Accordingly, this Court granted the petition and ordered an individualized bond hearing before an immigration judge, and in doing so, provided that “the immigration judge must make an individualized inquiry into whether detention is still necessary for purposes of ensuring that Petitioner attends removal proceedings and that his release will not pose a danger to the community, ” and that “the government bears the burden of demonstrating that Petitioner's continued detention is necessary to fulfill the purposes of the detention statute.” (Doc. No. 7.) A bond hearing was held before an immigration judge on November 7, 2017 (Doc. No. 11, Ex. 2), in which Petitioner was represented by counsel (Id.). At the hearing, the immigration judge denied Petitioner's bond on the basis that Petitioner demonstrated a danger to the community and was a flight risk due to his lengthy criminal history, recent conviction of terroristic threats, and lack of family members in his home country of Haiti. (Id., Bond Hearing Track 3, at 3:48, 4:51; Track 4, at 1:14, 1:38.)

         On December 11, 2017, Petitioner filed a motion to enforce this Court's October 31, 2017, Order. (Doc. No. 8.) While Petitioner acknowledges that he received a bond hearing before an immigration judge, he alleges that he should not have been denied bail. (Id. at 1.) Petitioner therefore requests that the Court order his immediate release. (Id. at 5.)

         II. DISCUSSION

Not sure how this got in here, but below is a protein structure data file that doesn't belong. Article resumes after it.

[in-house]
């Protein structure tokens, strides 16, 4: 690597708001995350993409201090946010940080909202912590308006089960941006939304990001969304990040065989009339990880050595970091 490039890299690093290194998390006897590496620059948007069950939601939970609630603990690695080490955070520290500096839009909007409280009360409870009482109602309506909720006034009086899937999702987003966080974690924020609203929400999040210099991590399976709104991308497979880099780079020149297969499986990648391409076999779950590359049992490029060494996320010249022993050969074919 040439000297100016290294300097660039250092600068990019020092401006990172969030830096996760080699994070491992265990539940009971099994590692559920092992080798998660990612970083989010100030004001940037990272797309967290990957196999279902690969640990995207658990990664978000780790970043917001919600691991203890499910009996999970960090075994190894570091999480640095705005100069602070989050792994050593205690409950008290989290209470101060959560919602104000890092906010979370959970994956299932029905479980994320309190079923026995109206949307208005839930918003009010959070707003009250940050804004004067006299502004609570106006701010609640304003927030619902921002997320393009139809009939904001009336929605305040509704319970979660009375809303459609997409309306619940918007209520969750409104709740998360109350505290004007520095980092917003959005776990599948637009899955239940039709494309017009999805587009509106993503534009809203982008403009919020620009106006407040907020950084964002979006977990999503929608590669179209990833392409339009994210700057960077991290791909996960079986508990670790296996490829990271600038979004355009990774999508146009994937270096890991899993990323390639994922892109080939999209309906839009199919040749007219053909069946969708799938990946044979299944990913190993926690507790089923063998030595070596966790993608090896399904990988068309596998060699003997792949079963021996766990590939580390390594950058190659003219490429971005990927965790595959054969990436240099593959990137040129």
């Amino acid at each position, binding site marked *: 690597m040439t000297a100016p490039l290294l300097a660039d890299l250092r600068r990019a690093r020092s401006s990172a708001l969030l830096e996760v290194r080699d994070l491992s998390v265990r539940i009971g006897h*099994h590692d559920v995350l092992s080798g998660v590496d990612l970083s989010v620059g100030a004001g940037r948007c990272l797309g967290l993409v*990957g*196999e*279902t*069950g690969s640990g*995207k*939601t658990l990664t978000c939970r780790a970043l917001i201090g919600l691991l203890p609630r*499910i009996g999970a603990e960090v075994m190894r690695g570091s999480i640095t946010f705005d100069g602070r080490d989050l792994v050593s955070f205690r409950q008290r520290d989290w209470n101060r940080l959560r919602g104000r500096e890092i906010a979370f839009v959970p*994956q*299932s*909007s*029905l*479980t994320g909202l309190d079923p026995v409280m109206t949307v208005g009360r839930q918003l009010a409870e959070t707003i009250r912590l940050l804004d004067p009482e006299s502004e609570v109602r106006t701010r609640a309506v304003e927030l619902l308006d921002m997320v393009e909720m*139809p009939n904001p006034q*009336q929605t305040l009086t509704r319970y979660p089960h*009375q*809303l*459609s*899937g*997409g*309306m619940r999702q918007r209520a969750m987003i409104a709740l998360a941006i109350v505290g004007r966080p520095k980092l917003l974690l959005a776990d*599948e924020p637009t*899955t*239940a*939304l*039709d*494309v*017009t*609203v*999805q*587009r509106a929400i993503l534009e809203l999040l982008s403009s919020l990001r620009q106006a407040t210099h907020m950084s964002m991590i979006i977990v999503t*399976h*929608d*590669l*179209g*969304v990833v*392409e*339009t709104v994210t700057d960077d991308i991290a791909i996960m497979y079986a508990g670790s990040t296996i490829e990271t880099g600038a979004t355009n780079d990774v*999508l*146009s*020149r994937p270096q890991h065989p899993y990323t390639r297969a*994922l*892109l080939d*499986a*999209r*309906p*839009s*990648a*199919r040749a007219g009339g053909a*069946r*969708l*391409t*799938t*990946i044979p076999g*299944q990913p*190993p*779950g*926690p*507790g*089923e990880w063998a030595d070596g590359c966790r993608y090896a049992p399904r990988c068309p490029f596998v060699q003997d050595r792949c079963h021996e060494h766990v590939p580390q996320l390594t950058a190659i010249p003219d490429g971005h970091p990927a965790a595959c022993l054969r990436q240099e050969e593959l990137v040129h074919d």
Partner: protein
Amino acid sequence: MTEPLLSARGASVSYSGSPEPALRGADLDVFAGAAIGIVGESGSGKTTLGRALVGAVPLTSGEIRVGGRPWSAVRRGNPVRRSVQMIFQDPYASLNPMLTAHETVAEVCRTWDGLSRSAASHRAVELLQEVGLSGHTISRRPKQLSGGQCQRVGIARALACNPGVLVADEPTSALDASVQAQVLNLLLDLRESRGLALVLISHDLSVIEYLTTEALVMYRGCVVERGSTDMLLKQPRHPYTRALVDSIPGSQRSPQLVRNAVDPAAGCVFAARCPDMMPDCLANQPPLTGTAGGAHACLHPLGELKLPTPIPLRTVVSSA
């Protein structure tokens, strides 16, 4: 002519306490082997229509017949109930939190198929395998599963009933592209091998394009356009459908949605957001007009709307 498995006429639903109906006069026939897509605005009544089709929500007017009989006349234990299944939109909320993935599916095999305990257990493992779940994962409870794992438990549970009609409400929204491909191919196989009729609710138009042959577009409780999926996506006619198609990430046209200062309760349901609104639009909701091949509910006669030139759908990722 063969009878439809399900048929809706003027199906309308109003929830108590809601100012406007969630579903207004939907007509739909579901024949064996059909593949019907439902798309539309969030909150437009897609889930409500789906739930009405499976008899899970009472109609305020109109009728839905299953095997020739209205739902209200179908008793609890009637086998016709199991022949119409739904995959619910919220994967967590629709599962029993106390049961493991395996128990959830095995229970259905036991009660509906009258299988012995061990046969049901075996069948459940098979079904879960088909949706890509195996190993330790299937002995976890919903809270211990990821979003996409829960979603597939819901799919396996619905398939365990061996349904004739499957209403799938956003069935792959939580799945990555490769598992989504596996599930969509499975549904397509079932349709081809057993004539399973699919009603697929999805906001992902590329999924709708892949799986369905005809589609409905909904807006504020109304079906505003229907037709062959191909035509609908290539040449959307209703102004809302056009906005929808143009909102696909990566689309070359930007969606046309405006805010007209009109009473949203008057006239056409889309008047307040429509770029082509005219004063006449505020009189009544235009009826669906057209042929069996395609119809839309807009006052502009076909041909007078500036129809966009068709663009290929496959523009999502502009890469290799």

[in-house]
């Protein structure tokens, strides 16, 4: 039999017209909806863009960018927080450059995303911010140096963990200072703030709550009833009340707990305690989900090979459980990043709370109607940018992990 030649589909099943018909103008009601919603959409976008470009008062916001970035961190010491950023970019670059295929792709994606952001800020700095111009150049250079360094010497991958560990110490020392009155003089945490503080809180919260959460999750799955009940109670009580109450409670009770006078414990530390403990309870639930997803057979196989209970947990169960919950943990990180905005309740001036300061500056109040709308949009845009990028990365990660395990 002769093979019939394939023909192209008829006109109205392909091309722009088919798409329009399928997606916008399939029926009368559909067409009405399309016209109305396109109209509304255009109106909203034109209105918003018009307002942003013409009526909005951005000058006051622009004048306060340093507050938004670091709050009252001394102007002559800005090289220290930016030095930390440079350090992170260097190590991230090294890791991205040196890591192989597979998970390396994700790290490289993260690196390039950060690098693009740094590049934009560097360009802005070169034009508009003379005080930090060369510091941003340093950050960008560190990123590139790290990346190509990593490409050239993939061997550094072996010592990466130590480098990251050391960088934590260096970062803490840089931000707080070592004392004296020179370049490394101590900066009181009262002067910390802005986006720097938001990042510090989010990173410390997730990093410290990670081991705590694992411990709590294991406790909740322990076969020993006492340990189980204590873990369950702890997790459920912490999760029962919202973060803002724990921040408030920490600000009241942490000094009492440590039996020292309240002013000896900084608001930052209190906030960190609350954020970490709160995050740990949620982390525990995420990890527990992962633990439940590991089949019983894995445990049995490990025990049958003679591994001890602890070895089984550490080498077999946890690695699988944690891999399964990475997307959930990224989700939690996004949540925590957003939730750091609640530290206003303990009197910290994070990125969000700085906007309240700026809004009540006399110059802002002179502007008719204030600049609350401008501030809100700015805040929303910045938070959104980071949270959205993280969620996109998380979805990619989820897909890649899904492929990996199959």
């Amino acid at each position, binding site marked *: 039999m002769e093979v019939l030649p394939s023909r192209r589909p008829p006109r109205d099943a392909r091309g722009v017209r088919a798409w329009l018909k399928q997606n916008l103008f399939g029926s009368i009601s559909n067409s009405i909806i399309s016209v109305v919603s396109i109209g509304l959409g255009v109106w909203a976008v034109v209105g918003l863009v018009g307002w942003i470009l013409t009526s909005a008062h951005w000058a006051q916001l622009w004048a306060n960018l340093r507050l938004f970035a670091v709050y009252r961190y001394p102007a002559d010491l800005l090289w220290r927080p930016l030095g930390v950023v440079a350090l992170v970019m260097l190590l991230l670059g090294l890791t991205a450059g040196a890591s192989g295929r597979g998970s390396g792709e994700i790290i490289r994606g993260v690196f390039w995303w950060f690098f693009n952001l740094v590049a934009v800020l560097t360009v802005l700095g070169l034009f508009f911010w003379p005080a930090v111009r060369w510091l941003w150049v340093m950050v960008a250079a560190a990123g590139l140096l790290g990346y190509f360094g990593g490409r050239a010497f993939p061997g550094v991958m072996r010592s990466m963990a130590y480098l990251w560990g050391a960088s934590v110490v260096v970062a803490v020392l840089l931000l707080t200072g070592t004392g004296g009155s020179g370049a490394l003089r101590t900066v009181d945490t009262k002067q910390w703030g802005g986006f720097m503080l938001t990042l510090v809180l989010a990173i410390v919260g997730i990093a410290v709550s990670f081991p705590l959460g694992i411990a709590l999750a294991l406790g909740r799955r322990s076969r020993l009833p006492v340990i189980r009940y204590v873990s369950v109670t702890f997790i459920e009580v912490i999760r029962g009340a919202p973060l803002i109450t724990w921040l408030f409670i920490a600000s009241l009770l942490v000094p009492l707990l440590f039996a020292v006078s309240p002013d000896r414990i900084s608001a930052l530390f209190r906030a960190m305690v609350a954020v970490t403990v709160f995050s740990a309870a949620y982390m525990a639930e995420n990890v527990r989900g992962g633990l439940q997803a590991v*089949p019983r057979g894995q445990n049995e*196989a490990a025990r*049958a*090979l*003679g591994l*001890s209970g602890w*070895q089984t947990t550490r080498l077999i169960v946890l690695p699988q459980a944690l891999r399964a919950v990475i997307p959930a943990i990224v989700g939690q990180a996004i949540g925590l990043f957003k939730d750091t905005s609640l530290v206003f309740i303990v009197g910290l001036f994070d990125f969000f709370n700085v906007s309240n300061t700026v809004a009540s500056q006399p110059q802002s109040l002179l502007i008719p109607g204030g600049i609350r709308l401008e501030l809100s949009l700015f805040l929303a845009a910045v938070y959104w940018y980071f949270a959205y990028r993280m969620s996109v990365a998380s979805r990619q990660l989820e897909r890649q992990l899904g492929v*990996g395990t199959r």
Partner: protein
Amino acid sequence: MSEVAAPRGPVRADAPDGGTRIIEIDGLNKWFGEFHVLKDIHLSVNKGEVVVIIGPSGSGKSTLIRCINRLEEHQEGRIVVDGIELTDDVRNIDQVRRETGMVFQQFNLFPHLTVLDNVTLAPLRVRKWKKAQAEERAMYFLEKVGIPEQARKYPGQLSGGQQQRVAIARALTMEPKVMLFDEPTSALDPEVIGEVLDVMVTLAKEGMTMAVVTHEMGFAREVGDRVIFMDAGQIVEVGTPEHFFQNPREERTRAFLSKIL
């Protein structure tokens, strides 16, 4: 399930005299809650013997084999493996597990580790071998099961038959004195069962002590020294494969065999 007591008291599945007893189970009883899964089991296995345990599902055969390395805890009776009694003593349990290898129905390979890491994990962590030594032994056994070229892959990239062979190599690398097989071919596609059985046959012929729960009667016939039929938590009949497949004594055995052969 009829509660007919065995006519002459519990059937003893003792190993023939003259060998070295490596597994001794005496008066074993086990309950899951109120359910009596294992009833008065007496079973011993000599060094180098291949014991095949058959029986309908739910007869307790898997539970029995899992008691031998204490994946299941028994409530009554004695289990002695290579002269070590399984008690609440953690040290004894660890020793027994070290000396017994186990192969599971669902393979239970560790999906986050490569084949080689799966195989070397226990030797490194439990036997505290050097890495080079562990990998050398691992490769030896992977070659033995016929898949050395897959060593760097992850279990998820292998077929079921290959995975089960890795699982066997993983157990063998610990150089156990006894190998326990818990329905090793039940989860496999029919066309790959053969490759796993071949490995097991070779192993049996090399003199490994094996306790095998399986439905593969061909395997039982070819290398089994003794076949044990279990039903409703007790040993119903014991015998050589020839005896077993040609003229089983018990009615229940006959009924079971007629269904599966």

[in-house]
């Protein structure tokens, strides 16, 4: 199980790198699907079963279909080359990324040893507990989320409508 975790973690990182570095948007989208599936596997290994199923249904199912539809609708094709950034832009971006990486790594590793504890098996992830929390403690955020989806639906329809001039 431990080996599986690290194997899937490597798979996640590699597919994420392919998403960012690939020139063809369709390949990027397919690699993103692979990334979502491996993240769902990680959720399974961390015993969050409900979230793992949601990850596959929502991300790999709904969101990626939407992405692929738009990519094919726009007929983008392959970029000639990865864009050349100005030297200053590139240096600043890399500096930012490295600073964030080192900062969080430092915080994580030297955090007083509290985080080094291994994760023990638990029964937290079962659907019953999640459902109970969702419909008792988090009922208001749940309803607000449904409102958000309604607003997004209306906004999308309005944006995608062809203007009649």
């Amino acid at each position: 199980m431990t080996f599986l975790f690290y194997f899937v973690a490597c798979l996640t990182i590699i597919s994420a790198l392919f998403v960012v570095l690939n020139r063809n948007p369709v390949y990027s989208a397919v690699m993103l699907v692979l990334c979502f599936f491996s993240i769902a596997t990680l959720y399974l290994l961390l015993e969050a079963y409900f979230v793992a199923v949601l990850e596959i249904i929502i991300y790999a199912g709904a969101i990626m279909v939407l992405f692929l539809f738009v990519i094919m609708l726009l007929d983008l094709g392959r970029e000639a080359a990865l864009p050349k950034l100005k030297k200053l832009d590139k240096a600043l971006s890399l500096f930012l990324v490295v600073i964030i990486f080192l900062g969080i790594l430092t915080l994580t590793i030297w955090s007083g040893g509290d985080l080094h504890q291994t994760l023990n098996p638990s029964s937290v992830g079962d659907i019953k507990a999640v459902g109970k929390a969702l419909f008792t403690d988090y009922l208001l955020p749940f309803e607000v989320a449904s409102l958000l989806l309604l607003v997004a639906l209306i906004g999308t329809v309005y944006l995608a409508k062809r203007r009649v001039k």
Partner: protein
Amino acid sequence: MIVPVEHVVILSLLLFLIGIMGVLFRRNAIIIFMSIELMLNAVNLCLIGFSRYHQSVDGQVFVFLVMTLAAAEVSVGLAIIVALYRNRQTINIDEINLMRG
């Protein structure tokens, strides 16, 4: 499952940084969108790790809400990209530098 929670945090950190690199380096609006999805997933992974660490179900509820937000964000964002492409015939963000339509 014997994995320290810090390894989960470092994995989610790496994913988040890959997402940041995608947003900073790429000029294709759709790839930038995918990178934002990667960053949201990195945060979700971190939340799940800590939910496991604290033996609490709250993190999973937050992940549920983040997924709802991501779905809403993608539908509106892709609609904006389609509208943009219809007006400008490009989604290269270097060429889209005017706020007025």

Petitioner's instant motion requests that this Court immediately release him from the United States Department of Homeland Security, Immigration and Customs Enforcement (“ICE”) custody. (Doc. No. 8.) While it appears that Petitioner is dissatisfied with the immigration judge's determination as to bail, he neither points to any facts or evidence nor provides any substantive argument that the immigration judge failed to comply with this Court's August 15, 2017 Order in conducting the individualized bond hearing. (Id.) Respondent argues that the Court must deny Petitioner's motion to enforce because Petitioner must first exhaust his administrative remedies by filing an appeal with the Board of Immigration Appeals (“BIA”), and then file a new habeas matter seeking review of the BIA decision, if necessary. (Doc. No. 11.)

         Other courts within this district have previously confronted the issue presented by Petitioner's request. In Quinteros v. Sabol, Civ. No. 15-02098, 2016 WL 6525295 (M.D. Pa. Nov. 3, 2016), the court addressed whether it retained jurisdiction after it orders an immigration judge to conduct an individualized bond hearing. The court posed the following narrative:

When a federal district court orders an immigration judge to conduct an individualized bond hearing as requested in a habeas petition, is it improper for the district court to retain jurisdiction for the purpose of conducting its own determination on the merits, prior to the petitioner exhausting his administrat[ive] remedies and the agency's decision becoming final? As a matter of both federalist principles and common-sense practicality, I consider it axiomatic that a federal court should not retain jurisdiction post-referral, but to the extent that it must, such review is necessarily limited to ensuring that the petitioner received the hearing he was owed in the first place. Accordingly, prior to satisfactory showings of exhaustion and finality, the district court should not revisit the merits of the immigration judge's determination. To do so would be premature and would otherwise disregard established constitutional bounds.

Id. at *1. The court went on to provide that “an immigration judge's conducting an individualized bond determination . . . necessarily moot[s] an underlying habeas petition that solely requests such a hearing be held.” Id.; see also Carmil v. Green, Civ. No. 15-8001 (JLL), 2015 WL 7253968, at *3 (D. N.J. Nov. 16, 2015) (“Petitioner has already received the sole relief available to him under Diop and Chavez-Alvarez, a bond hearing, ...